By Mary Ann Wilson, RN
Most of us depend heavily on our vision to tell us about our environment – knowing the height of the curb, obstacles to avoid, when we are approaching uneven surfaces, etc. This information gathered and processed through our ocular motor (visual) system keeps us safe and plays an important role in correcting balance challenges and avoiding falls. When we begin experiencing age-related declines in our visual capacity, like subtle changes in our depth perception, sensitivity to glare, or changes in our peripheral vision, then we become more vulnerable to falls. We can learn to manage this deficit by strengthening the other systems we rely on for balance such as the somatosensory (touch) or vestibular (inner ear) system. Here’s an exercise to do just that!
Start by standing with your back against the corner of a room, outer shoulders touching the 2 perpendicular walls. If you don’t have a free corner space, stand with your back against one wall. The heels should be directly beneath your hips and shoulders. Position a sturdy chair at your side. Use the hand closest to the chair to lightly touch the top of the chair back for added stability. Don’t lean on the chair. As you progress you can move away from the wall and use only the chair.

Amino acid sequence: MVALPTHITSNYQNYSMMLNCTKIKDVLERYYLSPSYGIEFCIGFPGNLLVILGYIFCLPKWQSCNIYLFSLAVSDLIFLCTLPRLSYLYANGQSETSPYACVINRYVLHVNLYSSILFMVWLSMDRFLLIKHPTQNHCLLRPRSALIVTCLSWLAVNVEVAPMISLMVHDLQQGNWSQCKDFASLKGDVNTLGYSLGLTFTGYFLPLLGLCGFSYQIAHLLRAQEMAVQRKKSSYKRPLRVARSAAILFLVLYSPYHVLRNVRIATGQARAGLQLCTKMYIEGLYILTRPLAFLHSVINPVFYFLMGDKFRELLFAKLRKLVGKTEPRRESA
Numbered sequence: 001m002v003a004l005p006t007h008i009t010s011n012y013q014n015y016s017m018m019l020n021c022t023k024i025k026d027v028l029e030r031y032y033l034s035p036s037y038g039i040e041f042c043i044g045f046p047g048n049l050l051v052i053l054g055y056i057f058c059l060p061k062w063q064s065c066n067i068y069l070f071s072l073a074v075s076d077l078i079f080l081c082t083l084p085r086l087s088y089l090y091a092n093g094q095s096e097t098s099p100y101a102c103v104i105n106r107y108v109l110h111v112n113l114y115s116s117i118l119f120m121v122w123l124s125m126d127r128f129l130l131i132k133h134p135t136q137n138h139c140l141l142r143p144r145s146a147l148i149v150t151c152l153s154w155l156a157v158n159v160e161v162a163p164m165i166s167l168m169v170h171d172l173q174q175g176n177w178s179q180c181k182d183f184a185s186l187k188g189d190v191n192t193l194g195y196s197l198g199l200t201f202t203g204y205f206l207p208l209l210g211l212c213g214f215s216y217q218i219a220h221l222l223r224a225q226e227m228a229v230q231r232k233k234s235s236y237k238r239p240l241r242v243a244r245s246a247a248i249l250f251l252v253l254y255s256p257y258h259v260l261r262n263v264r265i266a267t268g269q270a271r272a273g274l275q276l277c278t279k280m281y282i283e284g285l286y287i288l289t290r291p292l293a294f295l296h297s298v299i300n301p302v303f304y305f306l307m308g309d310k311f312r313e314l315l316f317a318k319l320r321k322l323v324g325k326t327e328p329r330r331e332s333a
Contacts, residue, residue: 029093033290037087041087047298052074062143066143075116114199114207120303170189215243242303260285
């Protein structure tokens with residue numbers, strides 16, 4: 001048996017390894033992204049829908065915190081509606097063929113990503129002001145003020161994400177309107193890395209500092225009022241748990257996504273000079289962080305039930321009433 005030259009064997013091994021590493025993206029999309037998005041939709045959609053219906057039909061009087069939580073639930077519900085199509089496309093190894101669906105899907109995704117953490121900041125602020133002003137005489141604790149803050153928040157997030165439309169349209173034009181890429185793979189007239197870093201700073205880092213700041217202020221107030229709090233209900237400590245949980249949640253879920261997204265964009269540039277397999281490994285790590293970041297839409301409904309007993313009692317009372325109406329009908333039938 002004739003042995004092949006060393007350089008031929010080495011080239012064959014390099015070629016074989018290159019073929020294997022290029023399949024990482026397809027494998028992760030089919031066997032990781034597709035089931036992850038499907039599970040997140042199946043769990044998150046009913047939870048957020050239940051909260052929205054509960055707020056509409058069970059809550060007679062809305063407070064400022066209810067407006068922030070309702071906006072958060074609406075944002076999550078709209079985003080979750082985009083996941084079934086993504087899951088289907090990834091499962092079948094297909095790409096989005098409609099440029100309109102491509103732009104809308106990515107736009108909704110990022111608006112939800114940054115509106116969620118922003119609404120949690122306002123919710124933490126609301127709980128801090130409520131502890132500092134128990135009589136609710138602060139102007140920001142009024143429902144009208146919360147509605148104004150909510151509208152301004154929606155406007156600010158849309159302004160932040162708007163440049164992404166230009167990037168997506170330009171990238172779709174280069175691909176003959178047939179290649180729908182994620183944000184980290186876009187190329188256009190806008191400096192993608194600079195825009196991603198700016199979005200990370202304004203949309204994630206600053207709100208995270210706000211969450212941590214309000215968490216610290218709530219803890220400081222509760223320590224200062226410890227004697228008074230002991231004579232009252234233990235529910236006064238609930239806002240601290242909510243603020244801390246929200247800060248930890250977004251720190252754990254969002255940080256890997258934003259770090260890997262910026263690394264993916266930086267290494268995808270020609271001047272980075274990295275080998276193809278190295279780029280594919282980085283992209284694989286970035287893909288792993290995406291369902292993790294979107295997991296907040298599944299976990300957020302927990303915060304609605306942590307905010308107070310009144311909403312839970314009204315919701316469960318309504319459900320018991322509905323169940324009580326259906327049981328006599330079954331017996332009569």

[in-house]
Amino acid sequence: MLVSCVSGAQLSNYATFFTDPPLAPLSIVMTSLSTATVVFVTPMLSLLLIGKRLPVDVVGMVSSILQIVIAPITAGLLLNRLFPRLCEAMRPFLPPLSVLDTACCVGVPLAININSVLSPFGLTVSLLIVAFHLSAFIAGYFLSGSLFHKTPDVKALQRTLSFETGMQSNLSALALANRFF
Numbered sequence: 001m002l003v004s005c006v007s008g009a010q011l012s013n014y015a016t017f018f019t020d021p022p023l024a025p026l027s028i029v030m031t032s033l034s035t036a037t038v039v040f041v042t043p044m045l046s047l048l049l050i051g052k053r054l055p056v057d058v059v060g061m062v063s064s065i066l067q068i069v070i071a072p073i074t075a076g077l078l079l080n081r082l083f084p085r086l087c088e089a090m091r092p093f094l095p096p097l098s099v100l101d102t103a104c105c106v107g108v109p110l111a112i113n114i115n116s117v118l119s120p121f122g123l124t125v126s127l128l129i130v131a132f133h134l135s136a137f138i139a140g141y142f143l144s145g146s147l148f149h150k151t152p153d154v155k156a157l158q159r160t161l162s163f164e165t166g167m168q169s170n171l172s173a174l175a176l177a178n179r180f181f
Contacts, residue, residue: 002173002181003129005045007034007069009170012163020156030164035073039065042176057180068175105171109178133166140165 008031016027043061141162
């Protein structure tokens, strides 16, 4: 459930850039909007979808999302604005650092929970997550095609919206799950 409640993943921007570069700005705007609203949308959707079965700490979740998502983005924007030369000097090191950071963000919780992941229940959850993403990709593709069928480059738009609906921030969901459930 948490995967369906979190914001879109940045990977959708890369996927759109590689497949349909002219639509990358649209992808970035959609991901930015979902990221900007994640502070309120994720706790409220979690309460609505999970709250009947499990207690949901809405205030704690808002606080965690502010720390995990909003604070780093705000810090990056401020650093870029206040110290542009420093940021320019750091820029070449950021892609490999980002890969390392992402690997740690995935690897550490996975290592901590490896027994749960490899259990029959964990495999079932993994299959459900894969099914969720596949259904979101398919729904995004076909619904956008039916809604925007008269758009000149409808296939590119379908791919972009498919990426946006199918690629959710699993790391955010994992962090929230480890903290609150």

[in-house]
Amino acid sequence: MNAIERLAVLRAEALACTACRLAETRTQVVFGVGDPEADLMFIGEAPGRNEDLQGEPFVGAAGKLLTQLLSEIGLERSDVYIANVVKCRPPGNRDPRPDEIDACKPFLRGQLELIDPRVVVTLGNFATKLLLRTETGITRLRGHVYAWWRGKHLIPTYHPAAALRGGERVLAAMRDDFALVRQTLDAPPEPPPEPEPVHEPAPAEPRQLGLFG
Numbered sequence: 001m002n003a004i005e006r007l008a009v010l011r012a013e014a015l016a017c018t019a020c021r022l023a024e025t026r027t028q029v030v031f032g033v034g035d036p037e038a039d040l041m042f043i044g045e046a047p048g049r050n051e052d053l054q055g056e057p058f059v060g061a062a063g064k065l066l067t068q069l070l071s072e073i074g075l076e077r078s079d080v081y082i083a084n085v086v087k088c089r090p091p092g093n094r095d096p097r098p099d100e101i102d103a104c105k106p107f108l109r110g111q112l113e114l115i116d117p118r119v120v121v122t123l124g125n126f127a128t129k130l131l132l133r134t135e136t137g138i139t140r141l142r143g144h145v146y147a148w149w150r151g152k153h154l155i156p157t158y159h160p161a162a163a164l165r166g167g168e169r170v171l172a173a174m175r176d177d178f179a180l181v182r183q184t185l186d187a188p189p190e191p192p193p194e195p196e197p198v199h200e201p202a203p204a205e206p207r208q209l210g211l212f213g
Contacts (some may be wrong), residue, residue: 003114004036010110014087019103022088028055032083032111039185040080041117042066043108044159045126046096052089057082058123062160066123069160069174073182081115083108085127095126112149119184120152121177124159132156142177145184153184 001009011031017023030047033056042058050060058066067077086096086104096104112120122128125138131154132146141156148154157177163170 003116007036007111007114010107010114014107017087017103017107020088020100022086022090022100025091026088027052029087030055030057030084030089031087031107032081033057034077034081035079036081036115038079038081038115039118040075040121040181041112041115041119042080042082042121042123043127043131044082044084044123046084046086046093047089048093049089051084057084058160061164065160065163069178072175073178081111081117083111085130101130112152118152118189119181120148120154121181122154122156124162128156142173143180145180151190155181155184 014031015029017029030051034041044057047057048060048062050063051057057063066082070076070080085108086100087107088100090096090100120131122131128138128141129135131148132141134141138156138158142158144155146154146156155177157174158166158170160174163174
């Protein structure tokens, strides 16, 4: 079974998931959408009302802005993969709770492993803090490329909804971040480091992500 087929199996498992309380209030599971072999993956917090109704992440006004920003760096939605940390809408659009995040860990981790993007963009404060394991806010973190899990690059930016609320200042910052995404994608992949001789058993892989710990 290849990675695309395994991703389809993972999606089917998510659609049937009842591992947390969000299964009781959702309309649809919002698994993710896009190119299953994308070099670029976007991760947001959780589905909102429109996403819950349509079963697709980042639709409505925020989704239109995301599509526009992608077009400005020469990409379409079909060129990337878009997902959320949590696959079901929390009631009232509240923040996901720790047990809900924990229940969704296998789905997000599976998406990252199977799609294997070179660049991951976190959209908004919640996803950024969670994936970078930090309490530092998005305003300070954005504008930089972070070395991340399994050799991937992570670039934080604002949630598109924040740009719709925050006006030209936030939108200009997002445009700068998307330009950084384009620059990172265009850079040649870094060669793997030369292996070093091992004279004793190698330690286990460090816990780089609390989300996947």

If at any time during this exercise you become dizzy or feel like you’re losing balance open your eyes immediately. Always have the chair next to you should you need it.
Stand in good upright postural alignment. Rest your hand lightly on the top of the chair. Close your eyes and try to stand still. Avoid swaying. Continue as tolerated for up to 10 seconds. To advance this exercise, gently lift your hand off the chair. Keep the hand hovering over the chairback should you need to touch it to regain balance. Note: Lightly touching any surface will help recover equilibrium. Resist the temptation to “lean onto” or clutch.
- Stand with your feet in a tandem position, one foot in front of the other during the exercise.
- Stand on one foot during the exercise.
Engage your glutes and core muscles. Imagine your feet firmly rooted into the ground as if you were a tree. Lengthen and feel strong through the spine. Touch the tip of your tongue to the roof of your mouth, just behind your front teeth.